What's The Difference? - PSAP vs OTC vs RX

What's The Difference? - PSAP vs OTC vs RX

So you've decided (or someone told you!) that you need hearing aids. You soon found yourself online - shopping around - becoming more and more confused. You've found out-of-date info and new classifications of devices as well as descriptions of products that contain medical terminology and all kinds of acronyms... you can quickly become lost in a task that did not originally seem daunting. Let's break down the 3 main categories of electronic hearing devices and what exactly they mean!

PSAP - Personal Sound Amplification Products

Let's start with the simplest and somewhat misleading category of products right off the bat. PSAP or personal sound amplification products are not hearing aids in the traditional sense of the term. While they do technically "aid in hearing" they are not medical devices. You can think of these as devices to augment the hearing of a person above what is considered "normal." These devices are often used by birdwatchers or hunters in order to better hear the creatures and critters they are searching for. You may also see directional microphones hooked up to headphones at sporting events... or in spy movies. These are PSAP's and are not intended to alleviate any level of hearing loss.

RX - Prescription Hearing Aids

Moving on to the more traditional hearing aids that you've seen for ages. There are many different types of hearing aids for different levels of hearing loss. They come in various shapes and sizes with varying levels of features. At the end of the day, they all require a trip to a medical professional to have a test done and a prescription before they can be purchased. Up until recently, all hearing aids fell into this classification from the FDA.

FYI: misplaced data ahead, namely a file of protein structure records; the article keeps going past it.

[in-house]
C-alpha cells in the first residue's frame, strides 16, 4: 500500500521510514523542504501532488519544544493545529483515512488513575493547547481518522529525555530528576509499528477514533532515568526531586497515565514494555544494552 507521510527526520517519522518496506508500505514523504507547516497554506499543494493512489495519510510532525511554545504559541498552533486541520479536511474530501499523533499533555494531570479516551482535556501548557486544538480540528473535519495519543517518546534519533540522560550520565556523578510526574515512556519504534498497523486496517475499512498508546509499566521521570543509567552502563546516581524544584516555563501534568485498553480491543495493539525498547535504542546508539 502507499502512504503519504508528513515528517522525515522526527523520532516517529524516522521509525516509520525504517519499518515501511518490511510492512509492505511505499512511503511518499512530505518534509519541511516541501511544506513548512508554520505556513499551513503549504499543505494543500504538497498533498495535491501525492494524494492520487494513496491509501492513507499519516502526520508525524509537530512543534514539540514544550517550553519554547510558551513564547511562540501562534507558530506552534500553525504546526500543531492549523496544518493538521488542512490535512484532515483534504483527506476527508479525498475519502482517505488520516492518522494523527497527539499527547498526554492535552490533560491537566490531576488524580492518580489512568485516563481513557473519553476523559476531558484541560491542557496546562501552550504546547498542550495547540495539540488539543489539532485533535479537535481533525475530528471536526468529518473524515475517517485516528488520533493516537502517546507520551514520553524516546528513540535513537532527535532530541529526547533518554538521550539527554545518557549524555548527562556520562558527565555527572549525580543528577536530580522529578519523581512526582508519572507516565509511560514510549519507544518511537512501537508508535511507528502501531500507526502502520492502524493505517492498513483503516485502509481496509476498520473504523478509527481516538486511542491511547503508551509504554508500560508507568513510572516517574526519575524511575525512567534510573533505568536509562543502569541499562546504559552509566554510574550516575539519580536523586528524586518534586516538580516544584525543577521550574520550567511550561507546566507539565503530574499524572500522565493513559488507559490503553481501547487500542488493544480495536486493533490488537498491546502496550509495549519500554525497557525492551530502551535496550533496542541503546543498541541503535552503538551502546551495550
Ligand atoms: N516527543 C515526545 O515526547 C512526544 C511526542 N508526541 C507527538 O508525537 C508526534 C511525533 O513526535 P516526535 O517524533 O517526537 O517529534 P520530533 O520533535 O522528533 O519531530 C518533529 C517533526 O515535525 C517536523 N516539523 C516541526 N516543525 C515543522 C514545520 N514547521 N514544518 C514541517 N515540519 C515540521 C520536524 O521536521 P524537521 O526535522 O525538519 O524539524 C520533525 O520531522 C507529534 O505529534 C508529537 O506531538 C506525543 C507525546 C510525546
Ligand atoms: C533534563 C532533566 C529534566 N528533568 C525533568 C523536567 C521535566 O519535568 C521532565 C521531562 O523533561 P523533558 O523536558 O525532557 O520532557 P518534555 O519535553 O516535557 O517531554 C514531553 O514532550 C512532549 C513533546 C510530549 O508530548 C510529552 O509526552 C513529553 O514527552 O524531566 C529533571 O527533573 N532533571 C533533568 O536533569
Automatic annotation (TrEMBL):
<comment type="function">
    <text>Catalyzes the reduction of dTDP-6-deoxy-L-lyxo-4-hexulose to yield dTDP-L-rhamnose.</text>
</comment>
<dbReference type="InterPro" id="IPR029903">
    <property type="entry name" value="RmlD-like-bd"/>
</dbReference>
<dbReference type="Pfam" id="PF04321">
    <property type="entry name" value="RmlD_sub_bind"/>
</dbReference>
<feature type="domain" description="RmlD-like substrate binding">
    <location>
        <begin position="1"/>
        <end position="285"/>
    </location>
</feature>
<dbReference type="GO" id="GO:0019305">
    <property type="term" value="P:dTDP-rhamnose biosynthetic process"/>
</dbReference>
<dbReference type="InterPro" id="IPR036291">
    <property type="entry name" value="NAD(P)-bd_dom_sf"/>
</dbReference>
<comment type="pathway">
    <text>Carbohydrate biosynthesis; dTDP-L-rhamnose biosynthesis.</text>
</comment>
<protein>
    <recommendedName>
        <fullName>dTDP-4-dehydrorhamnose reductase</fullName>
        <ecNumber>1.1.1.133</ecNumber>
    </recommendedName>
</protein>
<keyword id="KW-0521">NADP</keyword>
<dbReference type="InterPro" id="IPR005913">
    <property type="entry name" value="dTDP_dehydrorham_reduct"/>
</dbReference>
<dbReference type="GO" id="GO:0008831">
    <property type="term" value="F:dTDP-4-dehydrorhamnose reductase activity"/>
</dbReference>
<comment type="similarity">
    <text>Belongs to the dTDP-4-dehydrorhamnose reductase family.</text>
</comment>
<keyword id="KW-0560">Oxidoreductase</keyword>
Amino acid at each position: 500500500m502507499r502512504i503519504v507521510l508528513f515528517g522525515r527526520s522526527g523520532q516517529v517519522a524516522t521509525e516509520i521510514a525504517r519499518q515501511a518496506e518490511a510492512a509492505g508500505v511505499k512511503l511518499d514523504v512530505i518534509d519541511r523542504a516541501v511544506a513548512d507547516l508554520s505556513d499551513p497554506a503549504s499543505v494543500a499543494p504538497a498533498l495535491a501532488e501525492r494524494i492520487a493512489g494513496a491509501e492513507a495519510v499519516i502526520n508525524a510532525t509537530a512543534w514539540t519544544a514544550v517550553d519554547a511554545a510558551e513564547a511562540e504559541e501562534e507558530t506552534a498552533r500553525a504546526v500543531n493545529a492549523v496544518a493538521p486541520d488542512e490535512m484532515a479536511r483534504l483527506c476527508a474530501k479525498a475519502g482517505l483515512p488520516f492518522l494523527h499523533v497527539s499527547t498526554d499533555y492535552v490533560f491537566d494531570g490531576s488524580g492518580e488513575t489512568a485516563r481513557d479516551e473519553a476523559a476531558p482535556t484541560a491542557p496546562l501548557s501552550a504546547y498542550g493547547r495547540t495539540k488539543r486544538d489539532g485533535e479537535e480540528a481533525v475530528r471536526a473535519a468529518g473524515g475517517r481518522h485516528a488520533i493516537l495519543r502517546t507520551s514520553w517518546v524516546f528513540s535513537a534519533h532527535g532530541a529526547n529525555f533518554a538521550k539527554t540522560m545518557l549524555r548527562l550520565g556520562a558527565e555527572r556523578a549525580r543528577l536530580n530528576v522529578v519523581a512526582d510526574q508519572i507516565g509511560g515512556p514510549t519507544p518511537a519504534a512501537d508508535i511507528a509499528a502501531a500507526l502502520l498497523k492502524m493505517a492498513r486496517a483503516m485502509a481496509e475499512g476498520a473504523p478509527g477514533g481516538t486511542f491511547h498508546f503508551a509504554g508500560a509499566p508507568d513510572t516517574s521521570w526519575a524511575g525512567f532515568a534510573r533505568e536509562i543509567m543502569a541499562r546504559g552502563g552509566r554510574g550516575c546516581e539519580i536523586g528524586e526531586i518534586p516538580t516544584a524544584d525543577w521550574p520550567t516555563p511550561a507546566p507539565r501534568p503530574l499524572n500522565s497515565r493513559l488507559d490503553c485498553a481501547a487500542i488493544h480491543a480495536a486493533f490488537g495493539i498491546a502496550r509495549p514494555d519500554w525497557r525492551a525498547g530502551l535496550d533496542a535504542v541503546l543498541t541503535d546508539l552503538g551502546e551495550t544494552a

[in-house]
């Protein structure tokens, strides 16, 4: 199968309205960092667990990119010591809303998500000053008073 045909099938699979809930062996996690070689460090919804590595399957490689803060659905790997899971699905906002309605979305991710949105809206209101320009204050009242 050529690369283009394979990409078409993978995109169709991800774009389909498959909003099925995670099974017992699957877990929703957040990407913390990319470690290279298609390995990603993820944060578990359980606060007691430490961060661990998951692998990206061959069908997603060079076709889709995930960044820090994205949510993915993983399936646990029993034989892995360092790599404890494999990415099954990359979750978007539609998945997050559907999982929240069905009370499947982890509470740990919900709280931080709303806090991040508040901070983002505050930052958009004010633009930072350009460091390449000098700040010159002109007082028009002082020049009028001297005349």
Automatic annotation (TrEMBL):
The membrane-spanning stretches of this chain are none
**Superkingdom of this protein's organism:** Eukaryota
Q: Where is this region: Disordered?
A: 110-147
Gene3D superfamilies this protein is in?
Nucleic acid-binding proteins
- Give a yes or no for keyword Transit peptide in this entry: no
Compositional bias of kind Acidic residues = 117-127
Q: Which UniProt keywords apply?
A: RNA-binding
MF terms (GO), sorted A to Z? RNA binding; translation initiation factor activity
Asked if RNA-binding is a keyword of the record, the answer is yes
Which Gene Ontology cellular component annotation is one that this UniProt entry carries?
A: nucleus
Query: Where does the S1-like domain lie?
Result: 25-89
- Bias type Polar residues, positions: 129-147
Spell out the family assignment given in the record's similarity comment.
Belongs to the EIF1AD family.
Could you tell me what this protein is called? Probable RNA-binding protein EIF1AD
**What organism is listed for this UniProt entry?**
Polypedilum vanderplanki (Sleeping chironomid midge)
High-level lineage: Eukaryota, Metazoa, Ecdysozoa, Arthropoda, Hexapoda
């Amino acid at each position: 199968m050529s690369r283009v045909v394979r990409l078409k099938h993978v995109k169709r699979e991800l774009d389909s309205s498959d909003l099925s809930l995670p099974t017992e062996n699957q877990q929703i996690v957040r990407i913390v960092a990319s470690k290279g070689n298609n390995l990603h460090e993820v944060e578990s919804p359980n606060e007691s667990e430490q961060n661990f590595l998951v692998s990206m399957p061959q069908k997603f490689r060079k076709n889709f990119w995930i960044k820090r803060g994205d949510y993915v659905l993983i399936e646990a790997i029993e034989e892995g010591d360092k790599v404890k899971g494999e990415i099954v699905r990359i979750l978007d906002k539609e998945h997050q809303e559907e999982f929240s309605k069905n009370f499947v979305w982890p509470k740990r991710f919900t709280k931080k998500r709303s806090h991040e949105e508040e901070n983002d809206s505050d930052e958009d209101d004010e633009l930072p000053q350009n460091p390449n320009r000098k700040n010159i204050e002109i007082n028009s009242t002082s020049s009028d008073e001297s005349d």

OTC - Over-the-Counter Hearing Aids

In the fall of 2022 (read more about the introduction of the OTC option here), the FDA ruled that mild to moderate hearing loss could be alleviated without the intervention of a medical professional. Technology within the hearing aid market has advanced far enough that mild to moderate hearing loss in many - though certainly not all - people can be corrected by a product that allows for a basic hearing test on a mobile device (often called "self-fit"). The results from the test that you can take from the comfort of a quiet room in your own home are then wirelessly loaded onto the OTC hearing aid and a profile is created for that user's unique hearing.

 For the visual learners among us, here's a helpful table describing the differences between these devices courtesy of the FDA.

Stands For Over-the-Counter Prescription Personal Sound Amplification Products
Product Classification Medical device Medical device Consumer Electronic
Age Range 18 and older Any age Any age
Intended User(s) People with perceived mild to moderate hearing loss People with any degree of hearing loss, including severe People with normal hearing to amplify sounds in certain environments
Conditions for Sale
  • User must be 18 years old
  • No medical exam
  • No prescription
  • No fitting by audiologist
  • No need for licensed seller
  • Prescription needed
  • Must purchase from licensed seller in most states
  • Fitting and follow up(s) with medical professional often required
Not intended to correct hearing loss; no applicable FDA requirements regarding the sale and use


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